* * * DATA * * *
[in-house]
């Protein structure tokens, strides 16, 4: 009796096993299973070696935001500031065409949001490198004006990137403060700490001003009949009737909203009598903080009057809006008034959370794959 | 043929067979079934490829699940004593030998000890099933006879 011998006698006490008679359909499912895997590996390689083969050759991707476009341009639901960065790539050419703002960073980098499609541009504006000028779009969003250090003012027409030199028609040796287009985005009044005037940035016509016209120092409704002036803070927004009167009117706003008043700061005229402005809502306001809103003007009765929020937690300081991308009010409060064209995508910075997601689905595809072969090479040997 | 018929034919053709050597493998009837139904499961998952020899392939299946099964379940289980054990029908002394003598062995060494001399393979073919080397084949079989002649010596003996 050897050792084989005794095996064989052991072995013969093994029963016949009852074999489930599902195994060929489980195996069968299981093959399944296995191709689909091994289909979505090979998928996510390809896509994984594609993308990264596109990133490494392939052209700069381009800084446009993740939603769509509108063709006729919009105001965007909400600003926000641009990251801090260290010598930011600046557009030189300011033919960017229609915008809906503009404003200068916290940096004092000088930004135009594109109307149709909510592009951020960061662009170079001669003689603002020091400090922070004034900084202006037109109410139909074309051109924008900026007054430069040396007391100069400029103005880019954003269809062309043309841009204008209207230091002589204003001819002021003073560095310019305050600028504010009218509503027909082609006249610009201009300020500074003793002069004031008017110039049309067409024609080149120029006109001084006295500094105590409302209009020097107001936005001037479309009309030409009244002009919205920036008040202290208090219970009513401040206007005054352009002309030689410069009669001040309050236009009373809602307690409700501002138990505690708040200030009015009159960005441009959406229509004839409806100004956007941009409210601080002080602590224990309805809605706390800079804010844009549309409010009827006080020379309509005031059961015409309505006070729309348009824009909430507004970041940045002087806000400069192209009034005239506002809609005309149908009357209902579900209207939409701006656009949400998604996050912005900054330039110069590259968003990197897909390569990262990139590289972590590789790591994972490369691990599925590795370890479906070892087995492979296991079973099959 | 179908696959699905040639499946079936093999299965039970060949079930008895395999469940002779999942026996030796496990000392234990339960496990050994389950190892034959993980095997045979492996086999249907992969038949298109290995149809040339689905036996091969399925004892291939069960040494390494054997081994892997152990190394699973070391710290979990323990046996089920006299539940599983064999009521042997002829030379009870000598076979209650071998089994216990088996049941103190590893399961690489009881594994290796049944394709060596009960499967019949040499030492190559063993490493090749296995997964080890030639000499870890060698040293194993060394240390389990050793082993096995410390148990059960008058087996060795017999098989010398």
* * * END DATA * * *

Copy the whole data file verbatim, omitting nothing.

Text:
[in-house]
């Protein structure tokens, strides 16, 4: 009796096993299973070696935001500031065409949001490198004006990137403060700490001003009949009737909203009598903080009057809006008034959370794959 | 043929067979079934490829699940004593030998000890099933006879 011998006698006490008679359909499912895997590996390689083969050759991707476009341009639901960065790539050419703002960073980098499609541009504006000028779009969003250090003012027409030199028609040796287009985005009044005037940035016509016209120092409704002036803070927004009167009117706003008043700061005229402005809502306001809103003007009765929020937690300081991308009010409060064209995508910075997601689905595809072969090479040997 | 018929034919053709050597493998009837139904499961998952020899392939299946099964379940289980054990029908002394003598062995060494001399393979073919080397084949079989002649010596003996 050897050792084989005794095996064989052991072995013969093994029963016949009852074999489930599902195994060929489980195996069968299981093959399944296995191709689909091994289909979505090979998928996510390809896509994984594609993308990264596109990133490494392939052209700069381009800084446009993740939603769509509108063709006729919009105001965007909400600003926000641009990251801090260290010598930011600046557009030189300011033919960017229609915008809906503009404003200068916290940096004092000088930004135009594109109307149709909510592009951020960061662009170079001669003689603002020091400090922070004034900084202006037109109410139909074309051109924008900026007054430069040396007391100069400029103005880019954003269809062309043309841009204008209207230091002589204003001819002021003073560095310019305050600028504010009218509503027909082609006249610009201009300020500074003793002069004031008017110039049309067409024609080149120029006109001084006295500094105590409302209009020097107001936005001037479309009309030409009244002009919205920036008040202290208090219970009513401040206007005054352009002309030689410069009669001040309050236009009373809602307690409700501002138990505690708040200030009015009159960005441009959406229509004839409806100004956007941009409210601080002080602590224990309805809605706390800079804010844009549309409010009827006080020379309509005031059961015409309505006070729309348009824009909430507004970041940045002087806000400069192209009034005239506002809609005309149908009357209902579900209207939409701006656009949400998604996050912005900054330039110069590259968003990197897909390569990262990139590289972590590789790591994972490369691990599925590795370890479906070892087995492979296991079973099959 | 179908696959699905040639499946079936093999299965039970060949079930008895395999469940002779999942026996030796496990000392234990339960496990050994389950190892034959993980095997045979492996086999249907992969038949298109290995149809040339689905036996091969399925004892291939069960040494390494054997081994892997152990190394699973070391710290979990323990046996089920006299539940599983064999009521042997002829030379009870000598076979209650071998089994216990088996049941103190590893399961690489009881594994290796049944394709060596009960499967019949040499030492190559063993490493090749296995997964080890030639000499870890060698040293194993060394240390389990050793082993096995410390148990059960008058087996060795017999098989010398």